And that all becomes part of the experience?
It’s in the fabric, whether you consciously think of it or not. You look at that neighborhood and you go, “Oh, I know those kinds of neighborhoods.” Then if you thought about it, you would realize, “Oh, yeah, when we’re talking about the last presidential election, those are the stories we’re hearing about.” People who put down for a house that were promised this, promised that, who are going belly up, whose homes are being sold from underneath them, who have kids in school, is it charter, is it private, you know? It’s all those questions in the background of just shooting in that house.
You’ve always spoken your mind. Do you think it’s easier for actresses to be a little more outspoken now? For someone like Lena Dunham, for example, just to have more of a personality in interviews.
I don’t really know. I mean, it’s nice to be polite sometimes, and sometimes it’s necessary to be impolite. Not on-purpose-impolite. It’s necessary to do what you have to do, no matter the consequence. I think what’s stupid is to live in social media. I do have a judgment on that. If you’re a public person and making that deal with that devil, then you’d better be ready to pay a piper, right? I don’t want to sound like Trump, but a lot of them seem like they’re in their basements with fuzzy slippers.
But how much do you notice a gender line there?
Well, yeah, I have no doubt that women on social media are persecuted more. And you know what? Women, since the beginning of f—ing time, have suffered more inequity and more inequality. I mean, it’s in our DNA to rise up. And we’ll still have your children. And we do it because we’re strong enough to do it.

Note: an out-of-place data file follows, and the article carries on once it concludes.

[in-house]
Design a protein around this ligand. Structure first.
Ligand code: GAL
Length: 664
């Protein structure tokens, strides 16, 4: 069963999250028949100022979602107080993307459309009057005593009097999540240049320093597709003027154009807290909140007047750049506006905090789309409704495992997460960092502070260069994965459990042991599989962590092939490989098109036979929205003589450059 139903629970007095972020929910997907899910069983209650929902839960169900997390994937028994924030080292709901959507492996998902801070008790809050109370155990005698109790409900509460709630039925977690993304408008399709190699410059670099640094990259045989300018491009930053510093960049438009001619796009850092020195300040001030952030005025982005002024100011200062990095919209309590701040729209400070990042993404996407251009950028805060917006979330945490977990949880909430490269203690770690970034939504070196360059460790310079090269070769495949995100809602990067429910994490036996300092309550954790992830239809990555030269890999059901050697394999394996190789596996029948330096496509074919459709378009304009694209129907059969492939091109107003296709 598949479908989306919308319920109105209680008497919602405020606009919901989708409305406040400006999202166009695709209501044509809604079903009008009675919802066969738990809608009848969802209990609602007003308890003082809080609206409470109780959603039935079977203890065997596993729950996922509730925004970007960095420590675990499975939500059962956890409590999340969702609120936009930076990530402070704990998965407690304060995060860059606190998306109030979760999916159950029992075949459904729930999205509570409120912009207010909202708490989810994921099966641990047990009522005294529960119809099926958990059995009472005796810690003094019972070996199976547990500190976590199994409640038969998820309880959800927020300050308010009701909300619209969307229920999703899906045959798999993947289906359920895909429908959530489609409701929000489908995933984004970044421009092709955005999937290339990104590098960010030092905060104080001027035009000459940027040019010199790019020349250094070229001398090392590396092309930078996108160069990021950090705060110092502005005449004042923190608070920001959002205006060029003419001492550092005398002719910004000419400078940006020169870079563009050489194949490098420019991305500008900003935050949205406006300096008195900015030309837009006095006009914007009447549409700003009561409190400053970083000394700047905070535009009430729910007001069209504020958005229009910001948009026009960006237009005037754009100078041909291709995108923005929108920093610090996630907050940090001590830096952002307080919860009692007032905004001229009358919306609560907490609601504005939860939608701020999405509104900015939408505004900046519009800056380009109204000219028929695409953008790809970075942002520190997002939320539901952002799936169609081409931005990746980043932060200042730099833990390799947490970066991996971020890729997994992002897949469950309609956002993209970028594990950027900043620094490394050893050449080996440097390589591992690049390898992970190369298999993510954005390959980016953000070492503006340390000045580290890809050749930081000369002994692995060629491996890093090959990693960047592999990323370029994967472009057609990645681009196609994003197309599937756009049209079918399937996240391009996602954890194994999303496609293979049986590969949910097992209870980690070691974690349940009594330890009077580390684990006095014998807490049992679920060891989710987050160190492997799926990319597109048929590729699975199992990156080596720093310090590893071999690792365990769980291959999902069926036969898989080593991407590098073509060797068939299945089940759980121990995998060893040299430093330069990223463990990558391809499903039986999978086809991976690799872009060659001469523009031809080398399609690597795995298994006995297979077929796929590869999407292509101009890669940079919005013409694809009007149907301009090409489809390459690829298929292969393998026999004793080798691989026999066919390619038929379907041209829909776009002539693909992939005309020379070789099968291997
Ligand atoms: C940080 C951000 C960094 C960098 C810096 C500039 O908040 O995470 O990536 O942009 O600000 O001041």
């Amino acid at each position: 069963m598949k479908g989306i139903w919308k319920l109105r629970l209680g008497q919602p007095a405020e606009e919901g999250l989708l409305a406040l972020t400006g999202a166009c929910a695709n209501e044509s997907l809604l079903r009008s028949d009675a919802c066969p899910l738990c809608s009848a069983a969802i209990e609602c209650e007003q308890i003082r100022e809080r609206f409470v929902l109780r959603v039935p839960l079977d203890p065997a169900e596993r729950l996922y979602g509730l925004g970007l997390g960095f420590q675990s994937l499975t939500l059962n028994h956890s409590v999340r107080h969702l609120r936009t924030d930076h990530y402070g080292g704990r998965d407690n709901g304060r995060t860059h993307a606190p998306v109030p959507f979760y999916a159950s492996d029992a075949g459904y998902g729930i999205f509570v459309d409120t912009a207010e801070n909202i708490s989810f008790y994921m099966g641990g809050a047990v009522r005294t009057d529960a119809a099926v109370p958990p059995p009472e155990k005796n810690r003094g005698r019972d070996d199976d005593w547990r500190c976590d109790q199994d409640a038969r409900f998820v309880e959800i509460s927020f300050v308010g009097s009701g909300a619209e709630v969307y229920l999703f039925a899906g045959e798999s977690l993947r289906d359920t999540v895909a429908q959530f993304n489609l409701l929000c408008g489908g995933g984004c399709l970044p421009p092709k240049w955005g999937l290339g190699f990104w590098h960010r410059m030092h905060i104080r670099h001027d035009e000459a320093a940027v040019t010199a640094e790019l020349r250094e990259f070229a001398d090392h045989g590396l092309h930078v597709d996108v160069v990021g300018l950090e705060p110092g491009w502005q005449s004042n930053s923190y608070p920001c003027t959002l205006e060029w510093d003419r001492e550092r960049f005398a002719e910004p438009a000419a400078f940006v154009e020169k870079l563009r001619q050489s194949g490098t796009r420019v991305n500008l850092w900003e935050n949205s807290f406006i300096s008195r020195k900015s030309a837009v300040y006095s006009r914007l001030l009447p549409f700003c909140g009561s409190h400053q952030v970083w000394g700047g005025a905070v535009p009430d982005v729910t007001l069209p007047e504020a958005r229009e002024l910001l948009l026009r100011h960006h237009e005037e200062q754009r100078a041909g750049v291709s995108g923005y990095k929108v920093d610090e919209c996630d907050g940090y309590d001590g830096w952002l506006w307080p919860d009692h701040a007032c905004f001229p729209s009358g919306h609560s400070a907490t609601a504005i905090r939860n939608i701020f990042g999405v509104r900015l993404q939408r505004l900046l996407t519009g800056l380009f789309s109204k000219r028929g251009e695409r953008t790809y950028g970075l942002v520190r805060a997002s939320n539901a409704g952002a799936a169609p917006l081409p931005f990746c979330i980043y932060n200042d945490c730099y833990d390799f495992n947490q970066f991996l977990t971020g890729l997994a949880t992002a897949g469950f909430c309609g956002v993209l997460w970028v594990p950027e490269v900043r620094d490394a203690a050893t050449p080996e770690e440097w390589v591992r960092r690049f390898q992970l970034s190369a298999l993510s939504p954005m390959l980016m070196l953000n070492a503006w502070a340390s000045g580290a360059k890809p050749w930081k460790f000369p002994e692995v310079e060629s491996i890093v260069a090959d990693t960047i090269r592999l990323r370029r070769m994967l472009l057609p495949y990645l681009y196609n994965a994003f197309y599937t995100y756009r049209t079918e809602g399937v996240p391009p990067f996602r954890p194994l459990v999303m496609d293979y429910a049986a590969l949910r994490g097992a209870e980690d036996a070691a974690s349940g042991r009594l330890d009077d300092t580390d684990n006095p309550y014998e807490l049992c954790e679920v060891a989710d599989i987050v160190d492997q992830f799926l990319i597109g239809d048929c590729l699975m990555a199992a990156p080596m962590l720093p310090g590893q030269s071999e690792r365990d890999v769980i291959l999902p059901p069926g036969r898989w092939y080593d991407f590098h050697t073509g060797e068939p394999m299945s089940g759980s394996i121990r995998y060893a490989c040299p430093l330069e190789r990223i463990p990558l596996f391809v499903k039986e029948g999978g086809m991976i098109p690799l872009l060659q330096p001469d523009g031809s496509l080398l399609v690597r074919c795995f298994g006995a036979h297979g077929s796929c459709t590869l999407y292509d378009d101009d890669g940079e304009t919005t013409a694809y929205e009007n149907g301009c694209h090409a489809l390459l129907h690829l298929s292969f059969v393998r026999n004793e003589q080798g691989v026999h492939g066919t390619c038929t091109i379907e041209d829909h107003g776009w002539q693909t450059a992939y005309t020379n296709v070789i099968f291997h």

Do you see a lot of current films? I’m assuming you’re an Oscar voter.
I am. So I see all the ones where they have the money to send out screeners. But that isn’t always where cinema is. [There was] a long time where that just wasn’t my jam, you know, watching what the Oscars were doing. But now they’re a little bit more representative, I think, maybe? I don’t know. It’s year to year. They seem to have actually synced up a little bit. I just love that a film like Captain Fantastic can get a nomination for Viggo Mortensen. I sat in an empty theater when that opened at the Lincoln Square theater in New York. But two weeks later, that audience was filled, so that’s how it still works. It’s got to be able to sit there for a minute.
What are you reading right now?
I was just reading Colton Whitehead’s newest book, The Underground Railroad. I’m on the very last chapter.
What do you think of it?
Well, you know. I watched seven hours of O.J.: Made in America, then I watched I Am Not Your Negro. James Baldwin was my hero when I was a teenager. But to have those recent experiences and then to read this book, it’s almost like I’ve had this open dialogue inside myself, which I just have to admit, I haven’t had enough in my life. I’m thinking of James Baldwin saying to Dick Cavett, famously, “America is not going to be okay until it figures out this problem.” It makes the hair stand up on my neck because I know it’s true, and I know it’s true at every level.
That’s the power of art in a nutshell, right?
Totally. And that’s why I love Kendrick Lamar, too. Know thyself, you know? That’s what it’s about. We’re all trying to get there.